Travel highlights New York
The New York Botanical Garden is one of the oldest botanical gardens in America - it is also one of the largest and features 50 gardens and collections, horticultural displays in several pavilions, including approximately 50 acres of New York's original Forest.
The largest metropolitan zoo in the United States, the Bronx Zoo comprises 265 acres of parklands and naturalistic habitats -- home to over 4,000 animals, many of which are endangered or threatened species. The Zoo contains a number of unique habitats -- areas designed to replicate the homes of their inhabitants as closely as possible. Jungle World, for instance, is an indoor rain forest where Asian gibbons, hornbills, tapirs, and many other rare species live among equally rare and beautiful plants and trees. Himalayan Highland Habitat is the home of the red panda, snow leopard and white-naped crane.
Central Park is one of the urban wonders of the world, a green oasis in the great concrete, high-rise landscape of New York City. It is so naturally part of the Manhattan environment that many people may not realize it is entirely man-made. Surprisingly, you can drive through Central Park, as Sixth Ave. ends there, and if you drive through the center of the Park, you will end up in Harlem.
Chinatown New York City, the largest Chinatown in the United States, is located in one of the oldest neighborhoods in Manhattan. Founded in the late 1870's by Chinese immigrants, Chinatown offers a unique historical and cultural experience not found anywhere else in the world.
Downtown and Wall Street
This part of New York has a little something for everyone. it's at the very heart of international finances. Home to Wall Street, see the frenzied New York Stock Exchange and Mercantile Exchange, The World Financial Center with its beautiful Winter Garden, and Federal Reserve Bank. In Bowling Green Park, where Peter Minuit traded $24 worth of goods for Manhattan Island.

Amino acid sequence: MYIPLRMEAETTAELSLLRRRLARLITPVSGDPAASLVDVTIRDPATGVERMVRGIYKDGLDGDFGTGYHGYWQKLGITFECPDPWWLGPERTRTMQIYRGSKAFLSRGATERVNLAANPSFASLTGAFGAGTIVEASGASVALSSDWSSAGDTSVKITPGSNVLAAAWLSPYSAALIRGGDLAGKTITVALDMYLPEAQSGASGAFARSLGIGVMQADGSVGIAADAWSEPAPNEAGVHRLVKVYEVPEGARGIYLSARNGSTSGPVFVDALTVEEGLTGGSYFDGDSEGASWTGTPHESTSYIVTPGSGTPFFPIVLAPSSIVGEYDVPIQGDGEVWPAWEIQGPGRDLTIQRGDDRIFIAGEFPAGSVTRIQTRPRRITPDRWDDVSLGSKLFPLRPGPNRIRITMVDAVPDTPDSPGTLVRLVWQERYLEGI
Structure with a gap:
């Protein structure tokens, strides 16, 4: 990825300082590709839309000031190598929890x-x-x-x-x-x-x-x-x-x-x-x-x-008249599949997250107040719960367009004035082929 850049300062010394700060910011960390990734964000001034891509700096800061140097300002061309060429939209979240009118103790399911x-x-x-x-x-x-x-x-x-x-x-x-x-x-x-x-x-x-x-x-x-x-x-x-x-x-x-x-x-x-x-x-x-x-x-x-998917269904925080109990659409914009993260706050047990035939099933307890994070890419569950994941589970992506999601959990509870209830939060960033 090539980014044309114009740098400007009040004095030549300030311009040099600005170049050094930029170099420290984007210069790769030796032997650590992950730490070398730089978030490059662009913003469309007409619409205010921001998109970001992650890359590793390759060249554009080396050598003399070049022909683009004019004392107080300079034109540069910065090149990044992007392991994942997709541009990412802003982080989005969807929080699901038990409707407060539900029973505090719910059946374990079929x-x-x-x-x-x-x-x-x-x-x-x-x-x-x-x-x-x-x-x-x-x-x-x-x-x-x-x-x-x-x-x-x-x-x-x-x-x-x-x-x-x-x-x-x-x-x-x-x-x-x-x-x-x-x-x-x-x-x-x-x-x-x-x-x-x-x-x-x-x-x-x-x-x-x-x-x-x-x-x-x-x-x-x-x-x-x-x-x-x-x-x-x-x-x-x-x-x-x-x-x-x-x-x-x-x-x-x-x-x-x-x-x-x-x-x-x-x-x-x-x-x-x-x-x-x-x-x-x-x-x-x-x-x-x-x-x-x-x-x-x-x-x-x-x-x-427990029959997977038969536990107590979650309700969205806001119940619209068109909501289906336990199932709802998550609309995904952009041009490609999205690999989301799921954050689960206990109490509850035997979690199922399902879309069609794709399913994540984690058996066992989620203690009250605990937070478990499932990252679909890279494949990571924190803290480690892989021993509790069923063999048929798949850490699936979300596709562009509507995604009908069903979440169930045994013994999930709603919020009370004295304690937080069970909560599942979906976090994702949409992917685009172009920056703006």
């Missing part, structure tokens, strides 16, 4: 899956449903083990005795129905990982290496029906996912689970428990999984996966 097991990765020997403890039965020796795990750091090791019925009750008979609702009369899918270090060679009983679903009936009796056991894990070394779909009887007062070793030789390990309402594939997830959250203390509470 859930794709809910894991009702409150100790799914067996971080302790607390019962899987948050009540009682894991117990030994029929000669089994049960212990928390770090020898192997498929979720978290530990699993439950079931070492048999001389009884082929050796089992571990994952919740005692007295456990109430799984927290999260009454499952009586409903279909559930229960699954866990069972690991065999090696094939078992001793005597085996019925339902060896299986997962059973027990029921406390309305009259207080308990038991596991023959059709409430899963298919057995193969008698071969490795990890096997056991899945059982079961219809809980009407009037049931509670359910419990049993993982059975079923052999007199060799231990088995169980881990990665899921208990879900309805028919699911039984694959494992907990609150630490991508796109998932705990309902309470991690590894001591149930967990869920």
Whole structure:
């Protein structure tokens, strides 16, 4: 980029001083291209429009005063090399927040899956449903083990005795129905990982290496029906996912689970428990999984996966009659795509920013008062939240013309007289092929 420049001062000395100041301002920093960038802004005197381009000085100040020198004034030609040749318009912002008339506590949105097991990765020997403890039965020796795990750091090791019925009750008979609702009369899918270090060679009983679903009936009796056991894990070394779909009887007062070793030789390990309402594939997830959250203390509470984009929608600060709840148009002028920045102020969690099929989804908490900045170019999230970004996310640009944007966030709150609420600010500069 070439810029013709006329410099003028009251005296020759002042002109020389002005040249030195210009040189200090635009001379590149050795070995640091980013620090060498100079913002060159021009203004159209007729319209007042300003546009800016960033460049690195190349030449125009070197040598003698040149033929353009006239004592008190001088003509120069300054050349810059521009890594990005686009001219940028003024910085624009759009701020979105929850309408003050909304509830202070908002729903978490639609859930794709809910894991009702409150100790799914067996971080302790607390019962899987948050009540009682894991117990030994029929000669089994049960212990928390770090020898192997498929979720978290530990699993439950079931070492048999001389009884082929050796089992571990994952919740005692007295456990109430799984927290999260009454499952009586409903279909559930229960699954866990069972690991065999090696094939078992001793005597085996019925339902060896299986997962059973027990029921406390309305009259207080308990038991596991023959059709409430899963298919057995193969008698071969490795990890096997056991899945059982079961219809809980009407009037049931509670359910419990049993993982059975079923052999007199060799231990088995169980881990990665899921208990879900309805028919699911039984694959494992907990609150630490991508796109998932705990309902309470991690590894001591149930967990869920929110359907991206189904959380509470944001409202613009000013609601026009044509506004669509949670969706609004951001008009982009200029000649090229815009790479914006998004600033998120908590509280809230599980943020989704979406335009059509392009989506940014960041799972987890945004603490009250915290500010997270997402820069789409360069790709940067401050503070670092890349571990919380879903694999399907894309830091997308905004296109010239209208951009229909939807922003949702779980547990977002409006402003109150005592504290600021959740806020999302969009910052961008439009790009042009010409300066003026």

Empire State Building
The Empire State Building is a 102-story Art Deco skyscraper. Its name is derived from the nickname for the state of New York. It stood as the world's tallest building for more than forty years, from its completion in 1931 until construction of the World Trade Center's North Tower was completed in 1972.Following the destruction of the World Trade Center in 2001, the Empire State Building again became the tallest building in New York City.
For over 100 years, this small area below 14th Street and west of Broadway has been a Mecca to the creative, rebellious and Bohemian. Although today no starving artists could afford to live here, the vibe still lingers and the beat goes on... Downtown charm is personified in lots of low-rise townhouses, thumbnail-size gardens, secret courtyards and a serpentine layout of streets.
Statue of Liberty
The Statue of Liberty has been the symbol of New York and of America's promise for over 100 years. Now handsomely restored, the statue still offers a "climb to the crown" along a narrow interior staircase. Nearby, Ellis Island and its Immigration Museum represent an even more ambitious restoration effort. The island's main building, where 12 million immigrants arrived and were processed from 1892 to 1954, now tells their fascinating story. Both the statue and the island are accessible only by ferry from Manhattan's Battery Park or from Liberty State Park in Jersey City.
You've seen it in hundreds of movies and it is the most famous square on planet earth - no trip to New York would be complete without a visit to spectacular Times Square. Times Square has achieved the status of an iconic world landmark and has become a symbol of its city. Times Square is packed with popular New York restaurants such as Frankie and Johnnie's and Zanzibar as well as Broadway theaters, hundreds of places to shop, concert venues, festivals, street performers, and more.